The ping backs on email tell their own story. ‘I’m out of the office till God knows when…see you some time in..er…early Summer..’
Whose idea was it to have the Easter holidays before Easter?
It used to be a long weekend – Good Friday to Easter Monday, back at work on Tuesday. Then it became a week either before or after Easter. Then two weeks overlapping Easter. Now it runs two weeks before Easter, and two weeks during and after.
It’s turned into an Easter Season like Christmas, beginning in March and running the entire month of April, largely because no one can agree when the Holy holiday should take place.
No one, it seems, knows on what day Jesus died, so the dates shift about, even though it must surely be easier to fix a date each year – like Christmas. After all, there are disagreements about when he was born.
This messing about with the calendar plays havoc in the homes of working parents who’d prefer school closures coincided with their own weekend shutdown. Others, of course, lap up the opportunity to top up their tan and can’t get to the Costas quick enough.
And just when everyone is back at their desks they are off again for the May Bank Holiday weekend. No wonder productivity in this country is so low.
- Easter Weekend is 14-17 April
Summer time, and the living is not so easy
Speaking of holidays, there has been a lot in the news this week about parents taking their children out of school during term time.
Was it really necessary to take this matter through the courts?
My father was a railway worker in Doncaster and we had to take our holidays (one week) in June when the rail works closed completely and every employee and their family was forced to spend seven days in Scarborough, Cleethorpes or some other rain-swept resort, whether they liked it or not.
It was presumably easier to administer, and for scheduling work, than having to deal with several thousand employees trying to book time off to fit in with the Moroccan sunset, cheaper offers, or whatever it is that forces people nowadays to irritate their stressed out colleagues by booking a holiday in February.
Despite the fact that a third of the town’s adults worked on the railways (the other two-thirds were miners or council staff) they still had to fill in a holiday form for permission to take their kids out of school. I do not recall any requests being rejected.
In any case, it was the last week of June and we were spending school time playing with bits of string, or whatever it was kids did in those days, as the disinterested teachers were already preparing for their own dash out of the school gates.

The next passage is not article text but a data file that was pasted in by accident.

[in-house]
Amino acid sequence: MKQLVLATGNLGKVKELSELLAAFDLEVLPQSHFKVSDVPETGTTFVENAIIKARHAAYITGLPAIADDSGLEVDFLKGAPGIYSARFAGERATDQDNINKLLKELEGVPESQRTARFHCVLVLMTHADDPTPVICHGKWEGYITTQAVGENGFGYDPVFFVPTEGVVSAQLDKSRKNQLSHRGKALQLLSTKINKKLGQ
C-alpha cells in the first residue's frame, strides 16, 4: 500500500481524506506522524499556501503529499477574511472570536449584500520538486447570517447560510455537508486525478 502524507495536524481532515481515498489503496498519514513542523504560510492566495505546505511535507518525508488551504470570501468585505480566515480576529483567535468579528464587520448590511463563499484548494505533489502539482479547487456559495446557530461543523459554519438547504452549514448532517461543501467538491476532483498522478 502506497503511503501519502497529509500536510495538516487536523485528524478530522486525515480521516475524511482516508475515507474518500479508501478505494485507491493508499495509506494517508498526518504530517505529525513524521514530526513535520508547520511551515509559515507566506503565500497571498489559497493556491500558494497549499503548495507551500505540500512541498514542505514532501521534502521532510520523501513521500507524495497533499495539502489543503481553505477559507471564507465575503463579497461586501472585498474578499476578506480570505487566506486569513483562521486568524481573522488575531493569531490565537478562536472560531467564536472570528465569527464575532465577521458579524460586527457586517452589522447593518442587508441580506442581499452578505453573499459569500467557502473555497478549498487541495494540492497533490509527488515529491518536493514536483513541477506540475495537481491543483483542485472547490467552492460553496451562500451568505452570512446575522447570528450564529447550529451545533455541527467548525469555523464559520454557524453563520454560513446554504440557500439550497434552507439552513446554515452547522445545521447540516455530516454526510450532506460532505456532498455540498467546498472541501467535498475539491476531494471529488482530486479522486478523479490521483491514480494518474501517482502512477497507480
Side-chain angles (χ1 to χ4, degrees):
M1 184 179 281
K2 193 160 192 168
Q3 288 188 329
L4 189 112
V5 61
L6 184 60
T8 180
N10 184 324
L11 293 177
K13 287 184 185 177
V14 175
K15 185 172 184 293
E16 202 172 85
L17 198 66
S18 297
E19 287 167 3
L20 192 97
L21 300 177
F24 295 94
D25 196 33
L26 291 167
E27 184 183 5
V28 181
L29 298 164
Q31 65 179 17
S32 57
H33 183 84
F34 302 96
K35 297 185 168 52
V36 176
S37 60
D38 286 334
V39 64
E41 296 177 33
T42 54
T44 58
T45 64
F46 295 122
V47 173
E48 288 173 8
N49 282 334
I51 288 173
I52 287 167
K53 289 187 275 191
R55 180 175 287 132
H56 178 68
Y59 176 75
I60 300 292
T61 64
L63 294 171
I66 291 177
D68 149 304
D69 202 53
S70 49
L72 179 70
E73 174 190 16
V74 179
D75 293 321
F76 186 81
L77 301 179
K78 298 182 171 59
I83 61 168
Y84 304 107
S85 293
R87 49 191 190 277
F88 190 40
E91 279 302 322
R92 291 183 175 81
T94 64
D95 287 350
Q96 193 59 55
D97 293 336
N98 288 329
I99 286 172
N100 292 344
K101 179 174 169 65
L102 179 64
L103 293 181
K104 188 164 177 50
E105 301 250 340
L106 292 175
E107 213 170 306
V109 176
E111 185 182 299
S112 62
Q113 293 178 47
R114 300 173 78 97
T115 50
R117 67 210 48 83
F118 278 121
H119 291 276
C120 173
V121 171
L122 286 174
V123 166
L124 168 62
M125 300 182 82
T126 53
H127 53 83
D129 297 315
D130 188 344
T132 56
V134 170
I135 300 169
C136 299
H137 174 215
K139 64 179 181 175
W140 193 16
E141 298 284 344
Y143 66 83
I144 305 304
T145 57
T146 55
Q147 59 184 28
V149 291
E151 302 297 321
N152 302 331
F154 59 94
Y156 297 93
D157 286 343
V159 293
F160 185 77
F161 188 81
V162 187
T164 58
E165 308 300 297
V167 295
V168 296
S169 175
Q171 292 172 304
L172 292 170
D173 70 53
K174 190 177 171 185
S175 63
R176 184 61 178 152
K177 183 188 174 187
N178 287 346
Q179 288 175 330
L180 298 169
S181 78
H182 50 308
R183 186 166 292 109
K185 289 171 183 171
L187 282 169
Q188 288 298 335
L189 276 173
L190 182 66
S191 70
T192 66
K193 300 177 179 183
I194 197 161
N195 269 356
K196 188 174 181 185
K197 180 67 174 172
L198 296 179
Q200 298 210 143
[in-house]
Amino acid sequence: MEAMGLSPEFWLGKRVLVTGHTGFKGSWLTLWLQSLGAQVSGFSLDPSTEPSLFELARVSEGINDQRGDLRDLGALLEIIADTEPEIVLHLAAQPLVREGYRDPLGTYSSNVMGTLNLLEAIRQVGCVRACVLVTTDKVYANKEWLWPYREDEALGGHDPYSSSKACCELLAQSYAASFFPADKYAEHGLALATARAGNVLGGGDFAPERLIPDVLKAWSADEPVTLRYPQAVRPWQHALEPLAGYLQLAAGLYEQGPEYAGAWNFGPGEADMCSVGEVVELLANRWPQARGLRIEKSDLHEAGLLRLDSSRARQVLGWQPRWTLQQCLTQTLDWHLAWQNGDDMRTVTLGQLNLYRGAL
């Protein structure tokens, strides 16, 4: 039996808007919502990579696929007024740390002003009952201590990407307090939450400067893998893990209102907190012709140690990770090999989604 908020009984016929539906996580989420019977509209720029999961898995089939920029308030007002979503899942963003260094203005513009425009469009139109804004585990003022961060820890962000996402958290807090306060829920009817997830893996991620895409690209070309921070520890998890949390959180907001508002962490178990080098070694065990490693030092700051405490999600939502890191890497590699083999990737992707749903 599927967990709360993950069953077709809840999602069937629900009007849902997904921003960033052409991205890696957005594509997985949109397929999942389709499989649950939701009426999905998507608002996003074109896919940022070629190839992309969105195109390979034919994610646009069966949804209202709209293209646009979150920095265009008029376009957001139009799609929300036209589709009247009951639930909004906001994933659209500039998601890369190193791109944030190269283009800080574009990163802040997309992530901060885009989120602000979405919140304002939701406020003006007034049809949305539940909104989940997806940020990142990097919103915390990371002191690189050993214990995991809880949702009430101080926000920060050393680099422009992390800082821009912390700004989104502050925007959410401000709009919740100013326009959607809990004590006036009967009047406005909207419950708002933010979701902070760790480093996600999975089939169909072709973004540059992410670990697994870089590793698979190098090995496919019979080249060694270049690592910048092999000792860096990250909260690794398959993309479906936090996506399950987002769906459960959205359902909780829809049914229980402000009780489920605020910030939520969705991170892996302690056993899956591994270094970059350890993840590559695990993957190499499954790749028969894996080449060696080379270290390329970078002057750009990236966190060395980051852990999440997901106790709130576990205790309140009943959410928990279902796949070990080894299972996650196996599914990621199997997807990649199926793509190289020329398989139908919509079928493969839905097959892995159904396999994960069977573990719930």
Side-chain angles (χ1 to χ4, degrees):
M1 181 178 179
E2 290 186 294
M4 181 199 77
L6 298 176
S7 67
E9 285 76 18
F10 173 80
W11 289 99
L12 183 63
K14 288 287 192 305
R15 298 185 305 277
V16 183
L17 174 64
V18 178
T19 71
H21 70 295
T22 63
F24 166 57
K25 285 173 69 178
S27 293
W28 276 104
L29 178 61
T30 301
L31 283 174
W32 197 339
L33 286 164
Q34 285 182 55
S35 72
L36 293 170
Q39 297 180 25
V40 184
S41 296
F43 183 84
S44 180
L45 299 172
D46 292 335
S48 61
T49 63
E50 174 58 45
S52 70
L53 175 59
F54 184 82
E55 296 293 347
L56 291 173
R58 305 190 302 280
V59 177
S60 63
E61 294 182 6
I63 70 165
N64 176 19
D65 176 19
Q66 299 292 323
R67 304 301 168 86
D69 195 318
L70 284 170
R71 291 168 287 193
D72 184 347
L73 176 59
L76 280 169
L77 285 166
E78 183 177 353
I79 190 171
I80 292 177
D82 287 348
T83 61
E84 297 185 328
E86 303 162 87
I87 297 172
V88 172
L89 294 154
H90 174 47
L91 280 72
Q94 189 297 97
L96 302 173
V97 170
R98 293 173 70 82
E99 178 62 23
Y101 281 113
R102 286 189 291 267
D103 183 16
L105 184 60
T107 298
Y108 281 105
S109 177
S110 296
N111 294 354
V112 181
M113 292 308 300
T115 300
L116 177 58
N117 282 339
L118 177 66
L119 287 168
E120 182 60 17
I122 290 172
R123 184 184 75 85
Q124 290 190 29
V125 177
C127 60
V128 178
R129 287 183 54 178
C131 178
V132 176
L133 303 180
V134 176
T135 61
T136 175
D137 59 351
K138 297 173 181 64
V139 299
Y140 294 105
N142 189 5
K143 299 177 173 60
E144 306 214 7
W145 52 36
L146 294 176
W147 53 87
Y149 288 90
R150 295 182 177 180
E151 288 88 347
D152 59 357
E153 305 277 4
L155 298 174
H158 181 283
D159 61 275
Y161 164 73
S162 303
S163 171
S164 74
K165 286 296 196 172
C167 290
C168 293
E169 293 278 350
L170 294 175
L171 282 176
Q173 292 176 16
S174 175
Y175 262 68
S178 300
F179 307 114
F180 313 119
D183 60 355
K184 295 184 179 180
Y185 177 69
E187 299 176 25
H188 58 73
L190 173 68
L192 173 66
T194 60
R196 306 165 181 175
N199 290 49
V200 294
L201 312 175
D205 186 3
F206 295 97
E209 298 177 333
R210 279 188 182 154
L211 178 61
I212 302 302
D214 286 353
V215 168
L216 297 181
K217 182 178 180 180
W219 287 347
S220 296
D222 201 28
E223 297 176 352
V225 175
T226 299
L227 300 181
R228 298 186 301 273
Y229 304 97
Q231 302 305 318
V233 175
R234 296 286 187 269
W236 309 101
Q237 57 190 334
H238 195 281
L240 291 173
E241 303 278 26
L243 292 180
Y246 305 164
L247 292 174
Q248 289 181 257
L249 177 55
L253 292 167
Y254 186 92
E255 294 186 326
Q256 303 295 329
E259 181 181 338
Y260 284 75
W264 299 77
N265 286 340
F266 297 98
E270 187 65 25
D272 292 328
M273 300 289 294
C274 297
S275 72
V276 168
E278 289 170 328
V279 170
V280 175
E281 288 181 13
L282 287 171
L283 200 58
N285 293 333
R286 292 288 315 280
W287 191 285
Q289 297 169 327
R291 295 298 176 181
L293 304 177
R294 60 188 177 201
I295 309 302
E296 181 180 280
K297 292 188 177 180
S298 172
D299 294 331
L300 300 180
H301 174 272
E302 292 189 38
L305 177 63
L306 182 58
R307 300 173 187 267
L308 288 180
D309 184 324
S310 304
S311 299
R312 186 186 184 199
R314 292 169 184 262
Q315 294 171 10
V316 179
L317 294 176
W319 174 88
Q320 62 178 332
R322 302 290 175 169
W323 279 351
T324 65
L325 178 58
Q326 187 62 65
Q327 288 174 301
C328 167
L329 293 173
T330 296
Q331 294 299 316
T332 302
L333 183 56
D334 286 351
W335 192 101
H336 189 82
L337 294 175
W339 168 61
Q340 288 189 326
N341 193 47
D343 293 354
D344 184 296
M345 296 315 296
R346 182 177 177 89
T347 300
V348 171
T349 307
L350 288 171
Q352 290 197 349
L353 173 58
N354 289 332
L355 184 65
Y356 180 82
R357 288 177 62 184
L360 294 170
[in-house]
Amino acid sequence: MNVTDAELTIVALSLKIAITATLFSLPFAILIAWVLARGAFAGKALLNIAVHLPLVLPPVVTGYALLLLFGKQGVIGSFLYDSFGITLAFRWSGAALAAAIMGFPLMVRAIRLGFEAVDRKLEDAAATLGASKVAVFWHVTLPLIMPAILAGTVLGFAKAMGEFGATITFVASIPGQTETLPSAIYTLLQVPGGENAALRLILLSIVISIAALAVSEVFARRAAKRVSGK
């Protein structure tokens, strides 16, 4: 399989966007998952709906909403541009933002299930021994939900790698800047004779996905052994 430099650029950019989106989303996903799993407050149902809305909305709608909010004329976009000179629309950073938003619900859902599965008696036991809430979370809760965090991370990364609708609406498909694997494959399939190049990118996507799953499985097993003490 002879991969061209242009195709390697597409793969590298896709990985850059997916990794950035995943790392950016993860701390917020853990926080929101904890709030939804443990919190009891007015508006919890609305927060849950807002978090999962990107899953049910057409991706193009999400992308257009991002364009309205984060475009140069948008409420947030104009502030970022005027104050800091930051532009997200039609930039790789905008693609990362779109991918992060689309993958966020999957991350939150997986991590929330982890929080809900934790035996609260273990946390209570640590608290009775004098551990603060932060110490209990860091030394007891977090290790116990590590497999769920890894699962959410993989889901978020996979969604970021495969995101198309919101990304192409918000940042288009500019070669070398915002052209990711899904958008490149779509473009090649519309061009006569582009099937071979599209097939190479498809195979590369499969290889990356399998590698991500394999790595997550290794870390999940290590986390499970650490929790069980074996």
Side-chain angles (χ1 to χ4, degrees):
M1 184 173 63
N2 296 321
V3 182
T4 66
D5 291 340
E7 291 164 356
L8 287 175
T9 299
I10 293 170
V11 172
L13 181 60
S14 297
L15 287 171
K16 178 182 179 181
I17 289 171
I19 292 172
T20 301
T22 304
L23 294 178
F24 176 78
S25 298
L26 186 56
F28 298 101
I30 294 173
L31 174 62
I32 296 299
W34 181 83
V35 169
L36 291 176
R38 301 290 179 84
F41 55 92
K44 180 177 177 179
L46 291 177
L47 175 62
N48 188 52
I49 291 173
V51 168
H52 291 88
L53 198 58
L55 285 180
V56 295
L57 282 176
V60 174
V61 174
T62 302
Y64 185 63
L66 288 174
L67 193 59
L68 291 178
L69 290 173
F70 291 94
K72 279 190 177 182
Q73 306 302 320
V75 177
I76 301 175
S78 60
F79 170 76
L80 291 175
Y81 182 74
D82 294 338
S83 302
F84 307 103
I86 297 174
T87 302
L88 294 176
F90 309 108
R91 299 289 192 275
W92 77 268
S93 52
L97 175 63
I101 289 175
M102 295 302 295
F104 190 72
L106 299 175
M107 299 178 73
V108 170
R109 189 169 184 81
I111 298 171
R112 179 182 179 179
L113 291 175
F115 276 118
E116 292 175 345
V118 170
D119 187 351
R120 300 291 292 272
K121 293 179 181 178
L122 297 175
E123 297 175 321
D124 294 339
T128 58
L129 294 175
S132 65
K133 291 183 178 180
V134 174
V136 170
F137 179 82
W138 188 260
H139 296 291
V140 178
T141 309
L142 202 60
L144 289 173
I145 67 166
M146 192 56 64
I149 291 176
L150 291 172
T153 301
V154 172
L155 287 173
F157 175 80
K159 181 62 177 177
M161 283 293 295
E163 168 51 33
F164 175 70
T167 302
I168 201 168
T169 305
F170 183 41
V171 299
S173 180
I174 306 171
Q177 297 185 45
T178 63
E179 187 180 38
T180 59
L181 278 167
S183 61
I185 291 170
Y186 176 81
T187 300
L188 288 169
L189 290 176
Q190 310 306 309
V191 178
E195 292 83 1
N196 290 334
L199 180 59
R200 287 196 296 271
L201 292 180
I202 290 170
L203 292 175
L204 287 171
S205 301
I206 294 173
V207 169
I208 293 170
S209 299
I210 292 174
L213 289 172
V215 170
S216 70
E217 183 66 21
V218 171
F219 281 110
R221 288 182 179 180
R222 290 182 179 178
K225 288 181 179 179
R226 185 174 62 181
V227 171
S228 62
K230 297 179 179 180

The only other scheduled holiday was ‘Race Week’ when the town was visited by the St Leger hordes and there was a presumption that our parents also spent their September earnings betting on the nags on Town Moor.
The most sensible thing about this was that the council delayed the start of the new school year until the races finished in the second week of September. It meant no one had to fill in a holiday form. And no one ever went to court.
A touch of survey-itis
Every aspect of the economy gets measured these days and it has created a whole new industry: compiling surveys. Newsdesks must receive at least a dozen every week.
Every property agent punts out quarterly reviews of the commercial sector, all saying much the same thing: that demand exceeds supply. That’s about all that needs to be said.
The retail sector is probably the keenest with monthly updates on spending, footfall, closures etc… and they come twice over, from the Scottish Retail Consortium and its London head office. Quite often they contradict each other so the papers one day have screeching headlines fearing a slump and the next they’re predicting a boom. It’s crackers.
Is a monthly survey of any real value? Does that much change over four weeks? The figures can be distorted by factors such as the weather, changes in holiday dates (see above), or an extraordinary event.
For any survey to be meaningful they ought to be conducted over at least six months. Maybe I should conduct a survey to find out what others think…
Getting in a froth over a cafe
There are times when my fellow professionals get a touch over-excited. Given the countless number of lurid headlines you’ll have seen I don’t suppose this comes as a surprise.
But I had to chuckle when I read one online news reporter’s “analysis” of an announcement last week that a 6,400 sq ft unit for a cafe in Dundee had come on to the market. Yes, you read that correctly. Analysis of a cafe to let.
Now, I have to admit that this is no ordinary cafe. No greasy spoons here. It sits within the city’s new station, now under construction. And it will offer its clientele some nice views across the Tay.
But the “analysis” could not have been better written by the property agent, let alone the PR man, who must have been delighted with the gushing commentary.
“What an opportunity we report on here today…”… “this one is a corker”…”one of the most remarkable regeneration projects in the UK”…”a cafe that could not be better placed”…”an amazing opportunity”….and so it went on.
It would not have been so bad if the writer was describing the launch of a multi-billion dollar investment.
It’s a cafe. Double espresso and a scone, please. That’s all.